Throughout his career in politics, Donald Trump has stated in tweets and on the stump that the nonstop investigations targeting him are part of a “witch hunt.” It’s hard to disagree. Consider the Georgia grand jury looking into whether Trump and his campaign tried to interfere illegally in the 2020 election, particularly the grand jury foreman, Emily Kohrs, and her bizarre interview on CNN last week.
Kohrs appeared on “Erin Burnett OutFront” to tease indictments in the case. In an interview with Kate Bolduan, she seemingly bragged, “Can you imagine doing this for eight months and not coming out with a whole list? It’s not a short list. It’s not.”
“There may be some names on that list that you wouldn’t expect,” Kohrs added. “But the big name that everyone keeps asking me about—I don’t think you will be shocked.”
Without going too deep into the interview’s content, two questions arise. First, how on earth was this woman allowed to speak on national television about the grand jury’s work, which is under seal, before the case has ended? Second, why CNN?
There is no reason why a member of a grand jury—let alone the grand jury’s foreman—would go on television to discuss an active case unless she is attempting to influence the outcome or perhaps even enrich herself personally. It is, at the very least, an appearance of impropriety. It stinks of bias against the former president.
It doesn’t matter what Kohrs claims about her exposure to the news about Trump or anyone else involved in the case. Any person who paid the slightest bit of attention to politics over the past seven years knows how significant any case involving the 45th president potentially would be. So the list of motivations for either reaching out to a national media outlet or agreeing to an interview isn’t especially difficult to penetrate.
Consider: Kohrs could have spoken with the New York Times, Washington Post, or a multitude of print publications, but she didn’t. Instead, she went to the outlet with a monopoly on TV screens in practically every airport in America. For what is probably the first time in her life, this woman had a chance to collect 15 minutes of fame—or in this case 30 seconds and this article—and she jumped at it. That wasn’t a coincidence.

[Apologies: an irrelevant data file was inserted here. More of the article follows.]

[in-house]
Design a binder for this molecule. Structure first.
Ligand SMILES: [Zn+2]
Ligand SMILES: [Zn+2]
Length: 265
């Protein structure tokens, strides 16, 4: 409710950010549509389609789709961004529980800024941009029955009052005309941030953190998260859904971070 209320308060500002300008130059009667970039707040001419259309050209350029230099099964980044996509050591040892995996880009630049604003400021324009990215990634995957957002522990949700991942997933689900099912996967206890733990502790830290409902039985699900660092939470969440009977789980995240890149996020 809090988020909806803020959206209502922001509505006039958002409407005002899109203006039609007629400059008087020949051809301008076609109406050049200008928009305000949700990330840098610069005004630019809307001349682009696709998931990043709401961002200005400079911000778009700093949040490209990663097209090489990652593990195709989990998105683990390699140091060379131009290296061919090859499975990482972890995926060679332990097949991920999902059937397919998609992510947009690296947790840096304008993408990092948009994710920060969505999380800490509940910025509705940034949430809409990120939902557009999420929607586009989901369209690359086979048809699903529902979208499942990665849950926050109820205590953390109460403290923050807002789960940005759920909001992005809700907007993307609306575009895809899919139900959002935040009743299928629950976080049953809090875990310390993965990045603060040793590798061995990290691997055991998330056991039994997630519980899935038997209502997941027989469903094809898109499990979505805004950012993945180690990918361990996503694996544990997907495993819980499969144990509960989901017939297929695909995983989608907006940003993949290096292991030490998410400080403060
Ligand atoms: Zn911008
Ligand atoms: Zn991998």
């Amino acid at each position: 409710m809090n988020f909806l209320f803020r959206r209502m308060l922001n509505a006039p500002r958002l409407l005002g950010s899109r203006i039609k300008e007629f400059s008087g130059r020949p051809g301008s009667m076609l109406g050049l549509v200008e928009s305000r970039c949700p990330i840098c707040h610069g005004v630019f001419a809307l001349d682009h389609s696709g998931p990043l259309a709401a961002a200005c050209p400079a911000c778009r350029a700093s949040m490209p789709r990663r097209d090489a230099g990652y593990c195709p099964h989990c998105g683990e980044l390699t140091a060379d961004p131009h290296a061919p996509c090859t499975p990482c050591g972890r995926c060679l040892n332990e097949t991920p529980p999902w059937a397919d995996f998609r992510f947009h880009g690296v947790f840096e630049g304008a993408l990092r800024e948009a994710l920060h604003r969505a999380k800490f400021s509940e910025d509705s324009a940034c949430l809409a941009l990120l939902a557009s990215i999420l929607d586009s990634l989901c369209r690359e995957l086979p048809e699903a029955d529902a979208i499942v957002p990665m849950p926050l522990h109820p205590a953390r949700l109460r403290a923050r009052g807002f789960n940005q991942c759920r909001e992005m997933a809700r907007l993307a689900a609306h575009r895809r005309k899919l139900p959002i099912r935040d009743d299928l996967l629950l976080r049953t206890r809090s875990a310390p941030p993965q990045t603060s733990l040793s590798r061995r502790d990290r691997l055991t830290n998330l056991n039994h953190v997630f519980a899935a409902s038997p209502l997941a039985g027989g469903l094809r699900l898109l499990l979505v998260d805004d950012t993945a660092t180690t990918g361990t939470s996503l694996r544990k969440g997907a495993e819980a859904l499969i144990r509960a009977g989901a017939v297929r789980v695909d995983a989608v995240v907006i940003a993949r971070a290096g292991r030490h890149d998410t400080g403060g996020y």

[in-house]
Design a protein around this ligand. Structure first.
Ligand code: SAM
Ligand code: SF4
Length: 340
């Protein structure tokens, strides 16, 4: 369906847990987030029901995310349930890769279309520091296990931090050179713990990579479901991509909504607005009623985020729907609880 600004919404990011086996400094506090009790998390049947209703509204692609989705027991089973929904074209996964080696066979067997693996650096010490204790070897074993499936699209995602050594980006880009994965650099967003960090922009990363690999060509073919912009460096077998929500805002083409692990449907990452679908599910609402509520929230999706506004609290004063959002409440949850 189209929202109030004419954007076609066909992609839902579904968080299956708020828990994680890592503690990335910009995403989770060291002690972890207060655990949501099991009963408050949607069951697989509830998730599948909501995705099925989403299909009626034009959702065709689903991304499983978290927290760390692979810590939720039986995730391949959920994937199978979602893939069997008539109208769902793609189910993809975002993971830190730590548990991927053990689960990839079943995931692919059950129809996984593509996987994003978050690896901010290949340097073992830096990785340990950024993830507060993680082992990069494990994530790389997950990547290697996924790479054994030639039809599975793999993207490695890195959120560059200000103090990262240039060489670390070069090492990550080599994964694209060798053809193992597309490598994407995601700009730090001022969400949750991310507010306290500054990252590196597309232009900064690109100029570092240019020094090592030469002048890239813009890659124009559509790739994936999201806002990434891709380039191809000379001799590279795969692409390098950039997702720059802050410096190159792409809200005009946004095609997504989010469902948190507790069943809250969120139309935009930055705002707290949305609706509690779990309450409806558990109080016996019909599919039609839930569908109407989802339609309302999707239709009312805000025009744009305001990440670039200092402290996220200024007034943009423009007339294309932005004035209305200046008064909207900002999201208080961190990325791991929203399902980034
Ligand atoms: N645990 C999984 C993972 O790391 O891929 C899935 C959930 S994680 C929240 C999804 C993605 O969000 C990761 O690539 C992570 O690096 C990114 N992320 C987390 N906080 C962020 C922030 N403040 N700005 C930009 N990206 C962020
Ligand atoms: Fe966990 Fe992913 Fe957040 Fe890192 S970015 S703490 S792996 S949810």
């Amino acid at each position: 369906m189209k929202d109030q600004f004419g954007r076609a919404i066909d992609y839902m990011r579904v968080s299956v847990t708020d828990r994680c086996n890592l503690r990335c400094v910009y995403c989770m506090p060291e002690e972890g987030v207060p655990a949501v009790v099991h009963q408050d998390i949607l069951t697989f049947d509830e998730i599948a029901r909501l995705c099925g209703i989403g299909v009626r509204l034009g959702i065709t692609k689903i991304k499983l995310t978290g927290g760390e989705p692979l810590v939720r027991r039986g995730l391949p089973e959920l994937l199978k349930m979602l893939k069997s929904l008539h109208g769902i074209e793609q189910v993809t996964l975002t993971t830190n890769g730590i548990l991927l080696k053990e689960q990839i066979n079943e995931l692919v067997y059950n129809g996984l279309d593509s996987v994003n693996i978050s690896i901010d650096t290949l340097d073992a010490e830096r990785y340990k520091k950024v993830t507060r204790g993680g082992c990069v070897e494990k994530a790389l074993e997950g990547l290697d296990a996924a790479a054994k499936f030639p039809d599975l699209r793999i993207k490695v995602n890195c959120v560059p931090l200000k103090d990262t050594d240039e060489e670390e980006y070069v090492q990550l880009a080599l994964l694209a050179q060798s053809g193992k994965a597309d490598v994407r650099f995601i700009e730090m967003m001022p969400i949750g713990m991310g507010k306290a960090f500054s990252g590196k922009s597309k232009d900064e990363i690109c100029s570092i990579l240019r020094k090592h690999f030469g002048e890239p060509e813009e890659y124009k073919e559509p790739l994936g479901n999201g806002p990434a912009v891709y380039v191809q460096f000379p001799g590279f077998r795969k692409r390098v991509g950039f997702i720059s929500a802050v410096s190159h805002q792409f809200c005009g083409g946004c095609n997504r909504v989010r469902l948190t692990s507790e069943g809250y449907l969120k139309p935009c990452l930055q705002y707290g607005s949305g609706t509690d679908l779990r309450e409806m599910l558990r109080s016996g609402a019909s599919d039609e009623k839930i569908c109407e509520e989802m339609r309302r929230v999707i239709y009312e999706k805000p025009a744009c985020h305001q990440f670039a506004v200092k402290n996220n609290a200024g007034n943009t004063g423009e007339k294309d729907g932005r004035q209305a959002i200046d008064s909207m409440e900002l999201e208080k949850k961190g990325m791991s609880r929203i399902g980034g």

As for her beeline to CNN, anyone with even the faintest glimmer of political knowledge or exposure to corporate media bias throughout the Trump-era knows that Fox News leans conservative and CNN is the complete opposite of that. The only reason Kohrs would trust CNN to conduct such a high-profile interview is that she’s a liberal or a NeverTrumper.
A deeper dive—and by “deeper,” I mean a quick internet search into “Erin Burnett OutFront”—would have led Kohrs to find biased headlines, including: “Erin Burnett: This is all information Trump doesn’t want anyone to know,” “Burnett: Here is what keeps Trump up at night,” and “You cannot make this up . . . but Trump did.”
This grand jury foreman might as well have gone all-in and been a guest on “The View” or whatever Joy Reid’s #BlueAnon conspiracy theory show is called, instead of CNN. They’re all cut from the same Trump-hating liberal cloth.
This isn’t deep.
Whether or not she admits it, Emily Kohrs is biased against Trump. She proved it by agreeing to appear on CNN.
You can’t convince me, or any other sane person in America, that Kohrs is not obviously someone who doesn’t like Trump.
If the Georgia case wasn’t just another one of the ongoing witch hunts into Trump, it would be thrown out because of the clear bias of the jury. Remember that when the long list of indictments is handed down.